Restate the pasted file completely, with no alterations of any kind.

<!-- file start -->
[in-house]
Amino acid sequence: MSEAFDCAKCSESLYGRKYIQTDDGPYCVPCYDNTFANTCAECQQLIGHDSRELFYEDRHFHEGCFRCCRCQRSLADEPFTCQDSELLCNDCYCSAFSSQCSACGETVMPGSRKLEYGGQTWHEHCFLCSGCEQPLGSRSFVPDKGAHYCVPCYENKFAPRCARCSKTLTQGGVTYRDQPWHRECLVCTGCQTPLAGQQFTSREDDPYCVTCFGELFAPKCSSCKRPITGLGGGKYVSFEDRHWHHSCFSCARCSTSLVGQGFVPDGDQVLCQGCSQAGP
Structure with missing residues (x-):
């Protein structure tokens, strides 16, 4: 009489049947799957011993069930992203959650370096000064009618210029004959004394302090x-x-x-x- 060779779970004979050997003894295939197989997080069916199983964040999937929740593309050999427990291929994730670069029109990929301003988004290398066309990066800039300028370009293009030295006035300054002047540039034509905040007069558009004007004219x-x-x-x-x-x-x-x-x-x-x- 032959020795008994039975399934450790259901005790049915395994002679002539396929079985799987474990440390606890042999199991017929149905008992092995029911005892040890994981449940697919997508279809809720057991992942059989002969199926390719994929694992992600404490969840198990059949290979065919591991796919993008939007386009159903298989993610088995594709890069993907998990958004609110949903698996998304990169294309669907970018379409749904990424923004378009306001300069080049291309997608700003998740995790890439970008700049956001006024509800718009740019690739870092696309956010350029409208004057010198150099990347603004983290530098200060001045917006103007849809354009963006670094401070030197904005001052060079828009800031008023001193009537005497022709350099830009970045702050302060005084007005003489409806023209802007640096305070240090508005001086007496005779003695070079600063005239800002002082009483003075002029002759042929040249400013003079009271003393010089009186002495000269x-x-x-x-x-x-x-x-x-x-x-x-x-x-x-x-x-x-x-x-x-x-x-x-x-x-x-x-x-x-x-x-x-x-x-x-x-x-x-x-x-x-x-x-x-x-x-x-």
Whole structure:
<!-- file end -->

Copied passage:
[in-house]
Amino acid sequence: MSEAFDCAKCSESLYGRKYIQTDDGPYCVPCYDNTFANTCAECQQLIGHDSRELFYEDRHFHEGCFRCCRCQRSLADEPFTCQDSELLCNDCYCSAFSSQCSACGETVMPGSRKLEYGGQTWHEHCFLCSGCEQPLGSRSFVPDKGAHYCVPCYENKFAPRCARCSKTLTQGGVTYRDQPWHRECLVCTGCQTPLAGQQFTSREDDPYCVTCFGELFAPKCSSCKRPITGLGGGKYVSFEDRHWHHSCFSCARCSTSLVGQGFVPDGDQVLCQGCSQAGP
Structure with missing residues (x-):
């Protein structure tokens, strides 16, 4: 009489049947799957011993069930992203959650370096000064009618210029004959004394302090x-x-x-x- 060779779970004979050997003894295939197989997080069916199983964040999937929740593309050999427990291929994730670069029109990929301003988004290398066309990066800039300028370009293009030295006035300054002047540039034509905040007069558009004007004219x-x-x-x-x-x-x-x-x-x-x- 032959020795008994039975399934450790259901005790049915395994002679002539396929079985799987474990440390606890042999199991017929149905008992092995029911005892040890994981449940697919997508279809809720057991992942059989002969199926390719994929694992992600404490969840198990059949290979065919591991796919993008939007386009159903298989993610088995594709890069993907998990958004609110949903698996998304990169294309669907970018379409749904990424923004378009306001300069080049291309997608700003998740995790890439970008700049956001006024509800718009740019690739870092696309956010350029409208004057010198150099990347603004983290530098200060001045917006103007849809354009963006670094401070030197904005001052060079828009800031008023001193009537005497022709350099830009970045702050302060005084007005003489409806023209802007640096305070240090508005001086007496005779003695070079600063005239800002002082009483003075002029002759042929040249400013003079009271003393010089009186002495000269x-x-x-x-x-x-x-x-x-x-x-x-x-x-x-x-x-x-x-x-x-x-x-x-x-x-x-x-x-x-x-x-x-x-x-x-x-x-x-x-x-x-x-x-x-x-x-x-």
Whole structure: